Did you catch the news today that economic developers in the county are looking to send manufacturers from the area on a trade mission to China?
An “Ulster County Business and Trade Mission to China” is being formed to send business representatives to China in May to tap that country as a direct export partner. The intentions of such a mission are good, but the timing is way off.
As reported last week, the Institute for Supply Management said its manufacturing index set a 28-year low. The index tracks new orders, production, inventories, prices and exports, among other things.
Simply put, this is the wrong time to look for opportunities in China. The bulk of goods found here are sourced from China, which faces — for the first time ever — overcapacity. This means they have too many factories and goods to meet current demands in China as well as globally.
As U.S. retailers just experienced the worst holiday shopping season in four decades, stores remain full of unsold inventories. Consumer spending is expected to slowly bounce back, perhaps later this year, according to a recent interview I held with Alan Sellitti of consulting and accounting firm BDO Seidman. “It will be slow, and the promotional activity at retail will continue for some time,” he said.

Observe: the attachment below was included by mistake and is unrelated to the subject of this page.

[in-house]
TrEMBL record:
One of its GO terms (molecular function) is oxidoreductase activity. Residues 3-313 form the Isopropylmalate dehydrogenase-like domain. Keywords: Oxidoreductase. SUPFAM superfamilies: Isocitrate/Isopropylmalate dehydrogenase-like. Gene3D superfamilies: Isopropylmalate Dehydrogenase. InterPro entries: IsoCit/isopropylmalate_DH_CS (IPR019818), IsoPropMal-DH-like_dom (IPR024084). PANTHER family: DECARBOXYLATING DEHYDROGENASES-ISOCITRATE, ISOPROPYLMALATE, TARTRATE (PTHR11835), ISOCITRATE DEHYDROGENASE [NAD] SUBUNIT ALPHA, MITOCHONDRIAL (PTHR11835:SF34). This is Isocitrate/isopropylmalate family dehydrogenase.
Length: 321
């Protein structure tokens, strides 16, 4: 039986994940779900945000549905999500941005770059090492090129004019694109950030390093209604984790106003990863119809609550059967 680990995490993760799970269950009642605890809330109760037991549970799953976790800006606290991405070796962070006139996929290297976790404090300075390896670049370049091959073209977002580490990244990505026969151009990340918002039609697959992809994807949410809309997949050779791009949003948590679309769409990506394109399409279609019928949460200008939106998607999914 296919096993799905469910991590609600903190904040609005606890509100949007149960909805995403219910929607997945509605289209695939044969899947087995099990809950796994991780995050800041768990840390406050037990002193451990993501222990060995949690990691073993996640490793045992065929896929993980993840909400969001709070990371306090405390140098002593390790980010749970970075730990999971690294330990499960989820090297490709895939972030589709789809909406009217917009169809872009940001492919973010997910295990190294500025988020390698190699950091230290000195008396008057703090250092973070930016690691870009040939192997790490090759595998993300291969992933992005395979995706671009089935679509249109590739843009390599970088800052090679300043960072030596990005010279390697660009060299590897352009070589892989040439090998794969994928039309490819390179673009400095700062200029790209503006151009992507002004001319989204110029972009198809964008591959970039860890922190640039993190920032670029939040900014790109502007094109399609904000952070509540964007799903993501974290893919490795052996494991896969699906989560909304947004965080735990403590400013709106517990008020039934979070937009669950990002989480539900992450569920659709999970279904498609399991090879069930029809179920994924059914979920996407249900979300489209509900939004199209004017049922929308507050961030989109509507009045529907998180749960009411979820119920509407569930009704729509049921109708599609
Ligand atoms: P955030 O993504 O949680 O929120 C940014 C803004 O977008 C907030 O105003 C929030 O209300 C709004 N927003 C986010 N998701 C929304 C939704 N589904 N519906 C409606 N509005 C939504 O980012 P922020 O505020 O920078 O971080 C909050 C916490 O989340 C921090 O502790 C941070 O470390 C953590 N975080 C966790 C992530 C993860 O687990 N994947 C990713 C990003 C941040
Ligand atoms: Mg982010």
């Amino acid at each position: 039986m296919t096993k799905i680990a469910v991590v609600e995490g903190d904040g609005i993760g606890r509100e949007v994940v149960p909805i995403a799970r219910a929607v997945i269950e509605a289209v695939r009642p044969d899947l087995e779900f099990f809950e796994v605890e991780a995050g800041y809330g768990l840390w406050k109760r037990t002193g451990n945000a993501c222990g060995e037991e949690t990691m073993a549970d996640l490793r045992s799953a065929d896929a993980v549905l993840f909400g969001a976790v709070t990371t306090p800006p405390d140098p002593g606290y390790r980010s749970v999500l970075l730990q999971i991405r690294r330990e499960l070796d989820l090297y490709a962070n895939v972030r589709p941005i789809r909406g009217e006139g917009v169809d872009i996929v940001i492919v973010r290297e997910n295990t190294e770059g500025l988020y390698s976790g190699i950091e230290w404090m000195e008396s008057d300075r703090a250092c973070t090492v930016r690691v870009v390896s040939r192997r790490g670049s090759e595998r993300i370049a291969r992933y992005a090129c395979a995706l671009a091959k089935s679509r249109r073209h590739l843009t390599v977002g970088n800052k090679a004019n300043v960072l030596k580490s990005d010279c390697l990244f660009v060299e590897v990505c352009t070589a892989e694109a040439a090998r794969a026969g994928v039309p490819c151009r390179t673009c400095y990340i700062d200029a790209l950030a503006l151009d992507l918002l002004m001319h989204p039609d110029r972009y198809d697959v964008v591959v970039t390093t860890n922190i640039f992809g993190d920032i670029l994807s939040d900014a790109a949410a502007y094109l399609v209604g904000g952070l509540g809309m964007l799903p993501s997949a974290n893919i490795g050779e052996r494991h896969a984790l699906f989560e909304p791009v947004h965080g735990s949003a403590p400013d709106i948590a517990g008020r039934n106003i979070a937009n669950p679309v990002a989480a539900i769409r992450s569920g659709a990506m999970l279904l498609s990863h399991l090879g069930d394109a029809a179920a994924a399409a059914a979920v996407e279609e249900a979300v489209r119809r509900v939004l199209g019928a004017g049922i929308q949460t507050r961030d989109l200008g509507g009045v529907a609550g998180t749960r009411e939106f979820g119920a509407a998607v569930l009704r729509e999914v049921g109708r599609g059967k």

Perhaps a better use of time, energy and resources by economic developers would be finding regional markets that can benefit from Ulster County’s goods. Targeting smaller markets such as New York City, Boston and Chicago would require more creativity, but shipping goods to these places instead of overseas would result in better margins.
Better yet, why not pool resources and open direct-to-consumer outlet stores of Ulster-only goods? Imagine being a tourist visiting a shop in NYC that sells Ulster County wine, beer, meats, gifts (such as Woodstock Chimes), pottery and art? The store could have books by local authors, and promotional material to attract people to the area.
In fact, why not set up Ulster County kiosks that feature our products from NYC to Albany, along the thruway? This would replace the tired brochures that are at the rest stops now.
In the meantime, it might be better to wait for market conditions to improve before sending a trade mission to China.
— Arthur Zaczkiewicz